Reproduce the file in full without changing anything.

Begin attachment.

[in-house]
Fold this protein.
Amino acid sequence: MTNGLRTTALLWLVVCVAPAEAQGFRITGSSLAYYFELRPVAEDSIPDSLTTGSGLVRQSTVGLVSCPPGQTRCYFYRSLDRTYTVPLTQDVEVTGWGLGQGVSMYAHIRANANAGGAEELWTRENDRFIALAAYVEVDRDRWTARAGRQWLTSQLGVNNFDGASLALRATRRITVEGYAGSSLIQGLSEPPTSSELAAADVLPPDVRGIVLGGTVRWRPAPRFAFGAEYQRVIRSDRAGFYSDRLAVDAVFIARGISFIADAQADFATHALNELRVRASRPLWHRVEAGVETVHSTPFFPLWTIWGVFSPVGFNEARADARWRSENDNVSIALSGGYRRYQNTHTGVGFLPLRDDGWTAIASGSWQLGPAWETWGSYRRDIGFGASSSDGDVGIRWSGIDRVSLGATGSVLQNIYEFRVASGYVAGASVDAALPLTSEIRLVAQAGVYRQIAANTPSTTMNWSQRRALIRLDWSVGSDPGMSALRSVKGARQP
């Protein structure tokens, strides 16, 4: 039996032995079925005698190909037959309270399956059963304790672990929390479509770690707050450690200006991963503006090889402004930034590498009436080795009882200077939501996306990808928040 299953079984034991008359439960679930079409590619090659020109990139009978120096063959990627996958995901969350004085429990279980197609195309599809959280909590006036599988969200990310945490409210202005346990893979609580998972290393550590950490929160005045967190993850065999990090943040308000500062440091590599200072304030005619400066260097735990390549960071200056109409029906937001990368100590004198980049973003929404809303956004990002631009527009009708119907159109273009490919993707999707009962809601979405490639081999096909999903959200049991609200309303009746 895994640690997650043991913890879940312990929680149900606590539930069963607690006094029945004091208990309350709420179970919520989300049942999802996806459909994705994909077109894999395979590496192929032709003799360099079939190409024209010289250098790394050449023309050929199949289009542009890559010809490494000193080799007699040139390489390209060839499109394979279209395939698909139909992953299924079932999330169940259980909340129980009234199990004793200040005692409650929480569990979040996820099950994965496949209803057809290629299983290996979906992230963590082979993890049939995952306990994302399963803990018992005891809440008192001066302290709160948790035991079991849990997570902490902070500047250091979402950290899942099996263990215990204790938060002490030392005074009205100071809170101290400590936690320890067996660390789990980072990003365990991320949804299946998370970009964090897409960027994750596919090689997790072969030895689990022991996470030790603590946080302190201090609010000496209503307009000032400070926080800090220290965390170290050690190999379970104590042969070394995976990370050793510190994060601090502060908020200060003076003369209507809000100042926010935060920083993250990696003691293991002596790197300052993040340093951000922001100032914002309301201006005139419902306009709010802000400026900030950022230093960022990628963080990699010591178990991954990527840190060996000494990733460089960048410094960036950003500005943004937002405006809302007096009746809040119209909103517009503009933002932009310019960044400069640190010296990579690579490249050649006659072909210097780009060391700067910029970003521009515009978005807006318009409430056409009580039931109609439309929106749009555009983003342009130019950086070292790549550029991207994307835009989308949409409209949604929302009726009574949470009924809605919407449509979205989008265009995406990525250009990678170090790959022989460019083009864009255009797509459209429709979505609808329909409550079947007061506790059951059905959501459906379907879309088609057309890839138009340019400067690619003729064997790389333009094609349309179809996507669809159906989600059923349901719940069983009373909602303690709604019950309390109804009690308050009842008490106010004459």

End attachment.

[in-house]
Fold this protein.
Amino acid sequence: MTNGLRTTALLWLVVCVAPAEAQGFRITGSSLAYYFELRPVAEDSIPDSLTTGSGLVRQSTVGLVSCPPGQTRCYFYRSLDRTYTVPLTQDVEVTGWGLGQGVSMYAHIRANANAGGAEELWTRENDRFIALAAYVEVDRDRWTARAGRQWLTSQLGVNNFDGASLALRATRRITVEGYAGSSLIQGLSEPPTSSELAAADVLPPDVRGIVLGGTVRWRPAPRFAFGAEYQRVIRSDRAGFYSDRLAVDAVFIARGISFIADAQADFATHALNELRVRASRPLWHRVEAGVETVHSTPFFPLWTIWGVFSPVGFNEARADARWRSENDNVSIALSGGYRRYQNTHTGVGFLPLRDDGWTAIASGSWQLGPAWETWGSYRRDIGFGASSSDGDVGIRWSGIDRVSLGATGSVLQNIYEFRVASGYVAGASVDAALPLTSEIRLVAQAGVYRQIAANTPSTTMNWSQRRALIRLDWSVGSDPGMSALRSVKGARQP
């Protein structure tokens, strides 16, 4: 039996032995079925005698190909037959309270399956059963304790672990929390479509770690707050450690200006991963503006090889402004930034590498009436080795009882200077939501996306990808928040 299953079984034991008359439960679930079409590619090659020109990139009978120096063959990627996958995901969350004085429990279980197609195309599809959280909590006036599988969200990310945490409210202005346990893979609580998972290393550590950490929160005045967190993850065999990090943040308000500062440091590599200072304030005619400066260097735990390549960071200056109409029906937001990368100590004198980049973003929404809303956004990002631009527009009708119907159109273009490919993707999707009962809601979405490639081999096909999903959200049991609200309303009746 895994640690997650043991913890879940312990929680149900606590539930069963607690006094029945004091208990309350709420179970919520989300049942999802996806459909994705994909077109894999395979590496192929032709003799360099079939190409024209010289250098790394050449023309050929199949289009542009890559010809490494000193080799007699040139390489390209060839499109394979279209395939698909139909992953299924079932999330169940259980909340129980009234199990004793200040005692409650929480569990979040996820099950994965496949209803057809290629299983290996979906992230963590082979993890049939995952306990994302399963803990018992005891809440008192001066302290709160948790035991079991849990997570902490902070500047250091979402950290899942099996263990215990204790938060002490030392005074009205100071809170101290400590936690320890067996660390789990980072990003365990991320949804299946998370970009964090897409960027994750596919090689997790072969030895689990022991996470030790603590946080302190201090609010000496209503307009000032400070926080800090220290965390170290050690190999379970104590042969070394995976990370050793510190994060601090502060908020200060003076003369209507809000100042926010935060920083993250990696003691293991002596790197300052993040340093951000922001100032914002309301201006005139419902306009709010802000400026900030950022230093960022990628963080990699010591178990991954990527840190060996000494990733460089960048410094960036950003500005943004937002405006809302007096009746809040119209909103517009503009933002932009310019960044400069640190010296990579690579490249050649006659072909210097780009060391700067910029970003521009515009978005807006318009409430056409009580039931109609439309929106749009555009983003342009130019950086070292790549550029991207994307835009989308949409409209949604929302009726009574949470009924809605919407449509979205989008265009995406990525250009990678170090790959022989460019083009864009255009797509459209429709979505609808329909409550079947007061506790059951059905959501459906379907879309088609057309890839138009340019400067690619003729064997790389333009094609349309179809996507669809159906989600059923349901719940069983009373909602303690709604019950309390109804009690308050009842008490106010004459």